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Ken Langone's Inside Account Of General Electric's Blunders

Ken Langone's Inside Account Of General Electric's Blunders

Ken Langone, the co-founder of Invemed Associates and co-founder of Home Depot Inc (NYSE: HD), also served on General Electric Company (NYSE: GE)'s board of directors. He offered his story of how the conglomerate has become a "colossal failure in governance" on CNBC Wednesday. 

What Happened

Langone was invited to join GE's board of directors in 1999 by the company's ex-CEO Jack Welch, who was described as "CEO of the century," the billionaire octogenarian said as a guest on CNBC's "Squawk Box" segment. When Welch retired as GE's CEO in 2001, Langone was still serving on the board. Welch's replacement Jeffrey Immelt took over with an "aura of a coronation," Langone said. 

On paper, Immelt "looked fabulous," Langone said. The executive oversaw a transformation at GE — but this is really a "synonym for destruction," the former board member said. When Immelt took over as CEO, GE's industrial segment held just $1 billion in debt. The debt load stands at $85 billion today, Langone said. 

But there are more examples of poor business decisions, the former board member said. Immelt oversaw multiple asset and business sales over the years in mostly cash deals, Langone said. The company partly used some of the cash to oversee a $50-billion share repurchase program when the stock was trading at around $30 per share.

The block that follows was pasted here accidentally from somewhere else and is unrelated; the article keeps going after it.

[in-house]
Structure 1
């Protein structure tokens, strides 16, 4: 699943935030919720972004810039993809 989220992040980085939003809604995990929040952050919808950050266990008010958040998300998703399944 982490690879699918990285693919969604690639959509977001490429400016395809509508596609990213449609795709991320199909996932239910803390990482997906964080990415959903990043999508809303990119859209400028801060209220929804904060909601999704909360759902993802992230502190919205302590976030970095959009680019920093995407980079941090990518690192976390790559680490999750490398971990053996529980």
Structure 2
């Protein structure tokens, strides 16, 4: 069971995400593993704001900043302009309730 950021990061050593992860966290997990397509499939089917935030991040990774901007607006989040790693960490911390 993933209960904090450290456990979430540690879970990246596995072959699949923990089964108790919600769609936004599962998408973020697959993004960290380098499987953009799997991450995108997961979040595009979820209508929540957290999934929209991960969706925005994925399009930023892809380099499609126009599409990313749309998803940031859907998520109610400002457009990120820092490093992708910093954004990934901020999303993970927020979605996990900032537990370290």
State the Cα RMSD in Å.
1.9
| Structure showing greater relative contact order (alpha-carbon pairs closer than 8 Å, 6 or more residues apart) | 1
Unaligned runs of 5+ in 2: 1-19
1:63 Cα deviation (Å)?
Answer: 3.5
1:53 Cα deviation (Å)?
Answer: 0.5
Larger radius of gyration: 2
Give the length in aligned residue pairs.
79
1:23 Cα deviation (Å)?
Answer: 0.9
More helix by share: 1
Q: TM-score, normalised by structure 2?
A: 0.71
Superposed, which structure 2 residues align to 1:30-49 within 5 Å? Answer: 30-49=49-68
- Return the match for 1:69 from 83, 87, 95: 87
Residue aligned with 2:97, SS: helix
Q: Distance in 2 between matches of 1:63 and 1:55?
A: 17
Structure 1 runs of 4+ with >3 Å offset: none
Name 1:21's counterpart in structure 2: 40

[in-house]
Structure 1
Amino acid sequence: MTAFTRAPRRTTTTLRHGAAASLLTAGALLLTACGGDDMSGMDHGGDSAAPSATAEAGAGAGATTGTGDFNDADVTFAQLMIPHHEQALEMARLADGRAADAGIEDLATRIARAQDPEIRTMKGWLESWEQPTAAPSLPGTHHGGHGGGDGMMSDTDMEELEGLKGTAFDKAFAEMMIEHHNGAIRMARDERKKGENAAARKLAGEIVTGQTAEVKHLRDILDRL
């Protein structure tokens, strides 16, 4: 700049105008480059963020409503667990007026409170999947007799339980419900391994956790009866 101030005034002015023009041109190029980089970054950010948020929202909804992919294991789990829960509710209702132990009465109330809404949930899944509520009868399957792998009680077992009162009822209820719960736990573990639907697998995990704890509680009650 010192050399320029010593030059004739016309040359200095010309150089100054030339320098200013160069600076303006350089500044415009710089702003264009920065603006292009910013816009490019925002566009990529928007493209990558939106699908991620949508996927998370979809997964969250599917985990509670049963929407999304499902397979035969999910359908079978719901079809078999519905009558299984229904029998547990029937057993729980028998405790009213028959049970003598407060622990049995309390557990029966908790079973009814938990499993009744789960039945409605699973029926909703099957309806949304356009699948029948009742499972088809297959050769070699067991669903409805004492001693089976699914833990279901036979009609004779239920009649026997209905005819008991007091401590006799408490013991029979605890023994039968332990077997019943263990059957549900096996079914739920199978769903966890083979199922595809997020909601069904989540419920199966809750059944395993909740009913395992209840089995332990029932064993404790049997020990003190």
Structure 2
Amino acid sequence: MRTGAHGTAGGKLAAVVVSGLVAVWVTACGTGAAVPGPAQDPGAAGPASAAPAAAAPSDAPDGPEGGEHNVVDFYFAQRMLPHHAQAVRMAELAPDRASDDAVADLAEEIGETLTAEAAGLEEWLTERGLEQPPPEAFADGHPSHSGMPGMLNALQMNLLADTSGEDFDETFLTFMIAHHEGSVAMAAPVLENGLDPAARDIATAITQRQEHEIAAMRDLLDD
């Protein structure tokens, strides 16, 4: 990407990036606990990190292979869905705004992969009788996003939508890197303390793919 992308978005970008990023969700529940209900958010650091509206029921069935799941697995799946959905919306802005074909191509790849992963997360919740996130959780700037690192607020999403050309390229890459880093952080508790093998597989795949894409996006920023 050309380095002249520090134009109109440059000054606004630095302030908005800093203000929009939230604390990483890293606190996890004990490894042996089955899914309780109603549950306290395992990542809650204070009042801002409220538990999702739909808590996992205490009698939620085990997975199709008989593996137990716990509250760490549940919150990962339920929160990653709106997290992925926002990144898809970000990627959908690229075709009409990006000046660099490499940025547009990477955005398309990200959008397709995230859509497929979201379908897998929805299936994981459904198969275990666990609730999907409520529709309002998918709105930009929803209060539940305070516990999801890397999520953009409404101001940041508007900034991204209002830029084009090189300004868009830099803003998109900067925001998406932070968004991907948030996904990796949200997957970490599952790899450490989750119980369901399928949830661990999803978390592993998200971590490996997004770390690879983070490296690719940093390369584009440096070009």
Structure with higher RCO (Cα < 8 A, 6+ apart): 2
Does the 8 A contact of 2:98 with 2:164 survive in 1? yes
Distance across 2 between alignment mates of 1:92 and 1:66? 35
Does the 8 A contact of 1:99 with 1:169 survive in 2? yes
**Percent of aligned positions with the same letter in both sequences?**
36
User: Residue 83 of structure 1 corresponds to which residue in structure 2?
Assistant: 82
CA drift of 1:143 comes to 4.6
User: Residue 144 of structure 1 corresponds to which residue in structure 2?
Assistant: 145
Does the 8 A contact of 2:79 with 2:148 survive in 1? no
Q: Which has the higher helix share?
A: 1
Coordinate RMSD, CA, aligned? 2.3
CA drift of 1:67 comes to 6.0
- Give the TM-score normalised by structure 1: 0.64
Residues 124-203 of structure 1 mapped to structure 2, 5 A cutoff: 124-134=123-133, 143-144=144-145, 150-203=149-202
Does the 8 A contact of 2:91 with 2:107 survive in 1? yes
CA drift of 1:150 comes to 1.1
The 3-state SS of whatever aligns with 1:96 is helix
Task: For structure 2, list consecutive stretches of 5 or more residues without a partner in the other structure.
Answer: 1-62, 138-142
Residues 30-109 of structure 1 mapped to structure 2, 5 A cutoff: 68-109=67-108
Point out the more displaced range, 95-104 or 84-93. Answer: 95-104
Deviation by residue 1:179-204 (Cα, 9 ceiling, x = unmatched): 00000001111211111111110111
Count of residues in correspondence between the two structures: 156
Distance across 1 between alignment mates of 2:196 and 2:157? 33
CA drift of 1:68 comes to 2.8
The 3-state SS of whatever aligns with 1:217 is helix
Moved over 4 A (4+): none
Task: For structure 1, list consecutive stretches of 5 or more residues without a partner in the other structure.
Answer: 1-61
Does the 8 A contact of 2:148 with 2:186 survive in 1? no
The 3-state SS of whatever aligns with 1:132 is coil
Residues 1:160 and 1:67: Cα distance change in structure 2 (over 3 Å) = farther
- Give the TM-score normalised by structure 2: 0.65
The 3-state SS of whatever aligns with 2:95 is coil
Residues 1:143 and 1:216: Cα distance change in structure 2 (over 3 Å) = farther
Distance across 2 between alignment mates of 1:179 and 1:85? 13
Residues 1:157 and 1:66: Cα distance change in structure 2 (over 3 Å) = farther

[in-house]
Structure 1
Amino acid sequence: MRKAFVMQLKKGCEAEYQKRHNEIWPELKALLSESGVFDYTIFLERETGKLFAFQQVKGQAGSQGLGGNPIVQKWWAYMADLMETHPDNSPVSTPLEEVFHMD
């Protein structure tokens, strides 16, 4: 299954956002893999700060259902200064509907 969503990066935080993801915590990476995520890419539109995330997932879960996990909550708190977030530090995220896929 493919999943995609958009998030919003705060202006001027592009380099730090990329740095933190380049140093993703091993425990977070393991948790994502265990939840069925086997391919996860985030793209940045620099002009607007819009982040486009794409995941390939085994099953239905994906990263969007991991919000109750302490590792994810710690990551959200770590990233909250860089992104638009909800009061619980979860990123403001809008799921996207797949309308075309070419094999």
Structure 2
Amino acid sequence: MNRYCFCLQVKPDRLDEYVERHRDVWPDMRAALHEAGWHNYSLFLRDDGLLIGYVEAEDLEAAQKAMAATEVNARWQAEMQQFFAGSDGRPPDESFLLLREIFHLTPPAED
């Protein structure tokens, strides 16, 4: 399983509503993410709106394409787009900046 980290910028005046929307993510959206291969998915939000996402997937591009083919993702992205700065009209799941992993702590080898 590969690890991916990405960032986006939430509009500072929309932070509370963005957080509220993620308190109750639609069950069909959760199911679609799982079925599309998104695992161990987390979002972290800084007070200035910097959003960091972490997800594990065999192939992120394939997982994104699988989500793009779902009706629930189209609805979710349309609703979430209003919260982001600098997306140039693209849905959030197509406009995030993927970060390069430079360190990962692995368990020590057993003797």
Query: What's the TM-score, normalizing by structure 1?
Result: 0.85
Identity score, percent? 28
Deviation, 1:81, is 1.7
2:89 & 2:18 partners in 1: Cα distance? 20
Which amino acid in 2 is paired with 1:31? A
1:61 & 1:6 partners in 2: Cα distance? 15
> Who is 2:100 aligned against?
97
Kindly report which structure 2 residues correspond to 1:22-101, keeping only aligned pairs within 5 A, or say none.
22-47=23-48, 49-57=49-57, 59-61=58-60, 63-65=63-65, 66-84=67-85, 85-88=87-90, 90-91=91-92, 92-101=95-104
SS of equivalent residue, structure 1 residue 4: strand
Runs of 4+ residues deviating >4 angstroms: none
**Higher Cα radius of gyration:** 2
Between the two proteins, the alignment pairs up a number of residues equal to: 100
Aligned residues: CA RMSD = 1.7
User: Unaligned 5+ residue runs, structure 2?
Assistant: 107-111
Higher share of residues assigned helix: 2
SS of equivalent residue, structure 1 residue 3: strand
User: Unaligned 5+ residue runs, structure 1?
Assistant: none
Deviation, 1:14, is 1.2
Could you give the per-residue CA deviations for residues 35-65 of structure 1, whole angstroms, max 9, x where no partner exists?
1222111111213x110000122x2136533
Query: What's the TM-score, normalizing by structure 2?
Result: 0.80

Related Link: Is Jack Welch Himself To Blame For GE's Poor Performance Under Immelt?

Why It's Important

GE's blunders over the years are apparent in today's stock price near the $15 level, Langone said. 

"And now the word is they are going to have to do an equity raise," he said. "I'll tell you right now, and I never thought I would say this, here's a case where I think an activist is going to make a huge, huge difference. It all has to come out."

The ongoing involvement of an activist investor like Nelson Peltz could be the catalyst needed to boost shares higher, Langone said. 

What's Next?

GE's next steps are unclear. The company nominated three new directors to its board of directors and simultaneously slashed the size of the board. The U.S. Justice Department could bring legal action over allegations that GE Capital violated U.S. laws in connection with subprime mortgages.

Related Link:

Warren Buffett Says He Could Write A Check To Buy General Electric If He Wanted To

Screenshot from Langone's Wednesday CNBC appearance. 


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